With Spider-Man celebrating the big five-oh this year, editor Steve Wacker (The man who has edited more issues of Amazing Spider-Man than anyone else, somewhat surprisingly considering he’s only been on the book for five years) goes over what makes the character work:
In terms of the status quo of the ongoing book, I don’t think it’s a good idea to have Peter get completely over that guilt that he feels about letting his Uncle Ben down. I think what makes him a great hero is that he’s trying to make up for that fatal flaw every day. It’s Greek drama… I think [with the "Nobody Dies" decision last year,] writer Dan Slott was playing with the clay of the character; the same sort of guilt that’s in the original big bang of the character with Uncle Ben. Dan played that with Marla Jameson, Jonah’s wife, who died last year in a super villain attack. Spider-Man felt guilty, and because he’s Spider-Man he felt guilty about something that really wasn’t his fault. It’s not the same as Uncle Ben, but he feels these things so deeply. He has such empathy for his fellow human beings and it led him to make a decision that, as long as he was around, no more people would die. Throughout the book’s 50 year history, there have been a lot of people that have died around Peter Parker and he carries each death with him.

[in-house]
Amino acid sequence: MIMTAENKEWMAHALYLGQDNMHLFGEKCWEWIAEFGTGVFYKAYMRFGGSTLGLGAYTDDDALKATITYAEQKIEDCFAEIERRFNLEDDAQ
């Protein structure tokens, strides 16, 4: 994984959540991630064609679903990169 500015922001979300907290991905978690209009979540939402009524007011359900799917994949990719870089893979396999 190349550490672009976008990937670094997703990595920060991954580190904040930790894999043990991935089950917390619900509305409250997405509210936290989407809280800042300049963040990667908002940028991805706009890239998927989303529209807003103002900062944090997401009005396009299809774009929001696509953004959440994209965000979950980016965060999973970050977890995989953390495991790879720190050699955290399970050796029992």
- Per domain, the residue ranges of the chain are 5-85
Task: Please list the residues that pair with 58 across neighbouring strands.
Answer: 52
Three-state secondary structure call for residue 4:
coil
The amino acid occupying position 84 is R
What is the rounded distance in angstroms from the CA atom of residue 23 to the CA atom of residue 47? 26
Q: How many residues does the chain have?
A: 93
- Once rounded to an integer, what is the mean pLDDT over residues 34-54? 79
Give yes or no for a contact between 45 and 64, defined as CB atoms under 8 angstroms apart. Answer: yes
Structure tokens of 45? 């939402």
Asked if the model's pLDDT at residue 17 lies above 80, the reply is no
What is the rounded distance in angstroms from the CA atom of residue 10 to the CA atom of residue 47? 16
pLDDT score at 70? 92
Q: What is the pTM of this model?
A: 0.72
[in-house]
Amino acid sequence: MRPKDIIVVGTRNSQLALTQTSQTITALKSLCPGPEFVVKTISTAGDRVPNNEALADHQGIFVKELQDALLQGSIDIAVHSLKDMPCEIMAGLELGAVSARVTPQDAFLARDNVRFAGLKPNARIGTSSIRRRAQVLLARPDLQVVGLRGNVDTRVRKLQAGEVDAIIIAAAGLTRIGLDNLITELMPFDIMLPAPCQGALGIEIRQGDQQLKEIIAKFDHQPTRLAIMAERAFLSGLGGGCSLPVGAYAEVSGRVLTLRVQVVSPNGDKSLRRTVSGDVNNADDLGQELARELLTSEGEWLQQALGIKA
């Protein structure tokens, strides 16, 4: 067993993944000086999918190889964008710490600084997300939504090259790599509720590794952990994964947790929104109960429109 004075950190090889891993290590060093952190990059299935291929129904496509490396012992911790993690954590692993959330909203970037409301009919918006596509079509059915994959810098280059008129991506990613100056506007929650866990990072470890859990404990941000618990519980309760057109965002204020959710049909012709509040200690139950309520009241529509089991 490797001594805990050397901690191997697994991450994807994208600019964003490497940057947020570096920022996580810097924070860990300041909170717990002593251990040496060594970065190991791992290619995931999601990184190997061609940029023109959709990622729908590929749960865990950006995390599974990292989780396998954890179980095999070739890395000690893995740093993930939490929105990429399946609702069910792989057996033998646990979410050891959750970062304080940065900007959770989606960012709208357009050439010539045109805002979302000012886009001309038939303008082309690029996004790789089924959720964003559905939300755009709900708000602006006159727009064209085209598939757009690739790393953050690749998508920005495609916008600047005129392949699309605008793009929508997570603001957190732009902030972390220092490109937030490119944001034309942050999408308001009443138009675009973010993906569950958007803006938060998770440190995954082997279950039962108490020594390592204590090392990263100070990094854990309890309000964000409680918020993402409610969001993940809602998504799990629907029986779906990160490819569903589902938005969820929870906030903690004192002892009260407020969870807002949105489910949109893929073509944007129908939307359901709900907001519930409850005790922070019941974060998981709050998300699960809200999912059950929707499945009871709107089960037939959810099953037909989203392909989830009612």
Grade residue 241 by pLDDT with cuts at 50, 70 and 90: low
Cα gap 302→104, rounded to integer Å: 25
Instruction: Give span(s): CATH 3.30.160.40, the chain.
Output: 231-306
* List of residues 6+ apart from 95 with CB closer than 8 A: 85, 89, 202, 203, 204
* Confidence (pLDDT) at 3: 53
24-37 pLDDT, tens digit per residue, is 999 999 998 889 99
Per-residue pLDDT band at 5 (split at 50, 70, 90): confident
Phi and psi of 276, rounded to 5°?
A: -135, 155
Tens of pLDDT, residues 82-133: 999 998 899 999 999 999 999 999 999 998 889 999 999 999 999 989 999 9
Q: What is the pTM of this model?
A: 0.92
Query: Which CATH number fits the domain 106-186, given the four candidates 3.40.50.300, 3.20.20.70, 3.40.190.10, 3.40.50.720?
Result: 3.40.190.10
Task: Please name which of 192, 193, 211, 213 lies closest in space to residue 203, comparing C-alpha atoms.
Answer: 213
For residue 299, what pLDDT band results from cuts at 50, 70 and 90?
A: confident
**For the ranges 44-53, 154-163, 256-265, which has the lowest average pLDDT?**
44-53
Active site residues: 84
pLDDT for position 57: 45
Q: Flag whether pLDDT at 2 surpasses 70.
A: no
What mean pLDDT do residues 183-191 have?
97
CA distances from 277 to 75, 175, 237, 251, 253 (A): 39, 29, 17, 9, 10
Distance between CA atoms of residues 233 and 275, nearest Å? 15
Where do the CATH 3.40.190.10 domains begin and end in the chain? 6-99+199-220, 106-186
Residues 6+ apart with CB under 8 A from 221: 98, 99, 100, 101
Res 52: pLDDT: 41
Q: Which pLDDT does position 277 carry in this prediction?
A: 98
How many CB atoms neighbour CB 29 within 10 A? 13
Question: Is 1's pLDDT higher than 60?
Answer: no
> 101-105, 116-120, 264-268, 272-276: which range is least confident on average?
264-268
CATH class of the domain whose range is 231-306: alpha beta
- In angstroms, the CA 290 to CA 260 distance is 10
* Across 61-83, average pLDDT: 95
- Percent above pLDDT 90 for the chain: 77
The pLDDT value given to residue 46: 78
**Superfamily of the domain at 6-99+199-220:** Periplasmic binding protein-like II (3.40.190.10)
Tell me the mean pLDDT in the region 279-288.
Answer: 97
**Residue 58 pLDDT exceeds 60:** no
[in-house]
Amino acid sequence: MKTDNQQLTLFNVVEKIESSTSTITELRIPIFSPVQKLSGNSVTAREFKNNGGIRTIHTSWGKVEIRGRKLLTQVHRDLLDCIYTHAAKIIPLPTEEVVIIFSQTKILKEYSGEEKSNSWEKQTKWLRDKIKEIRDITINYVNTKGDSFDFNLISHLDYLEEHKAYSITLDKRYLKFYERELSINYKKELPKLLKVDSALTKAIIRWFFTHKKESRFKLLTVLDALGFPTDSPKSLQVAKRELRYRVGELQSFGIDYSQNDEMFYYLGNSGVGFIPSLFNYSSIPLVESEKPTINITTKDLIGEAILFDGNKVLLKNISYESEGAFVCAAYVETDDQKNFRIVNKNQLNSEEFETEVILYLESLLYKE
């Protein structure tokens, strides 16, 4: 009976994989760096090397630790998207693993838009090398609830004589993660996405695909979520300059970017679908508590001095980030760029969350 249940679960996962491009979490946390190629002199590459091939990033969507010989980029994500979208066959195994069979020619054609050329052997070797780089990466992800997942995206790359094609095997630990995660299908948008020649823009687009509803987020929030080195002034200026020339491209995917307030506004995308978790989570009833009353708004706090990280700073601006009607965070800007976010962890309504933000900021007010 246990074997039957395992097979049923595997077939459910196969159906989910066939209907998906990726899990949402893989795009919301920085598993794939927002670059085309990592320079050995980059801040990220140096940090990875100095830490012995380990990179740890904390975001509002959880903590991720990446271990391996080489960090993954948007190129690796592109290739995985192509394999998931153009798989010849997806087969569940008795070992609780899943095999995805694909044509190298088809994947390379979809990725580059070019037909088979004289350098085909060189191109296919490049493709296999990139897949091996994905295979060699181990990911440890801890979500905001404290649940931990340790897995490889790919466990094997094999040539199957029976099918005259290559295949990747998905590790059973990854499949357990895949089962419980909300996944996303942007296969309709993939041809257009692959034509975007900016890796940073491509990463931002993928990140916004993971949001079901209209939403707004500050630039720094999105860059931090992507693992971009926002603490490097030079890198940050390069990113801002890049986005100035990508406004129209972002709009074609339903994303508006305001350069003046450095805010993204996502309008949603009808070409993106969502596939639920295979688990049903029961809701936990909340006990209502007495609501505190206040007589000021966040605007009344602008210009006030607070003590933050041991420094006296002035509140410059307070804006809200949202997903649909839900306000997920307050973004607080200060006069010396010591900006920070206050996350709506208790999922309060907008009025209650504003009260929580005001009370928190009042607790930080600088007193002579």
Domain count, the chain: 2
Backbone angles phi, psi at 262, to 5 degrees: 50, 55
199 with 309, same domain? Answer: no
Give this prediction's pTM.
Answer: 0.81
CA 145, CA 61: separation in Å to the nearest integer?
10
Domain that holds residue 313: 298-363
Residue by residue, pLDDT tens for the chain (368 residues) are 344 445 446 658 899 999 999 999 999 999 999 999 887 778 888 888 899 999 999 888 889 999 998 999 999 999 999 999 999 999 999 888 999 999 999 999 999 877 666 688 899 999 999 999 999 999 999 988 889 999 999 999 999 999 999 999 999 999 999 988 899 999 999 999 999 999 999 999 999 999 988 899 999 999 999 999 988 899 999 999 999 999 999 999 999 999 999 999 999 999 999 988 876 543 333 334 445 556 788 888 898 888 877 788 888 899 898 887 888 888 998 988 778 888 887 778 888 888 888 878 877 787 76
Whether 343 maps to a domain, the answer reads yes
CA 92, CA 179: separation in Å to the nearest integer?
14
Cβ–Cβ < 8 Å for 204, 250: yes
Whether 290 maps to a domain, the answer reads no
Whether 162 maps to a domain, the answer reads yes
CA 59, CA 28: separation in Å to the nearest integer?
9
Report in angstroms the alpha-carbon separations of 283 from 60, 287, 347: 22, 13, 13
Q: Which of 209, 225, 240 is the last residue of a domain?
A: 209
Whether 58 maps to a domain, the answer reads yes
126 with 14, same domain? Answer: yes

Thankfully, comic books are a fantasy because if as many people had died in your life as they have in Peter Parker’s, you’d probably jump off a bridge yourself. I think “Nobody Dies” is Dan trying to bring that core of the character back to the forefront.
I have no idea whether the comics internet en masse has gotten over One More Day yet – Surely it has, that was five years ago now – but, for me, Amazing as a series and Spider-Man as a character hasn’t been as consistently good as it has under Wacker’s editorial purview since the Tom DeFalco/Ron Frenz era of the mid-80s. Clearly, I prefer my webheads guilt-ridden and idealistic.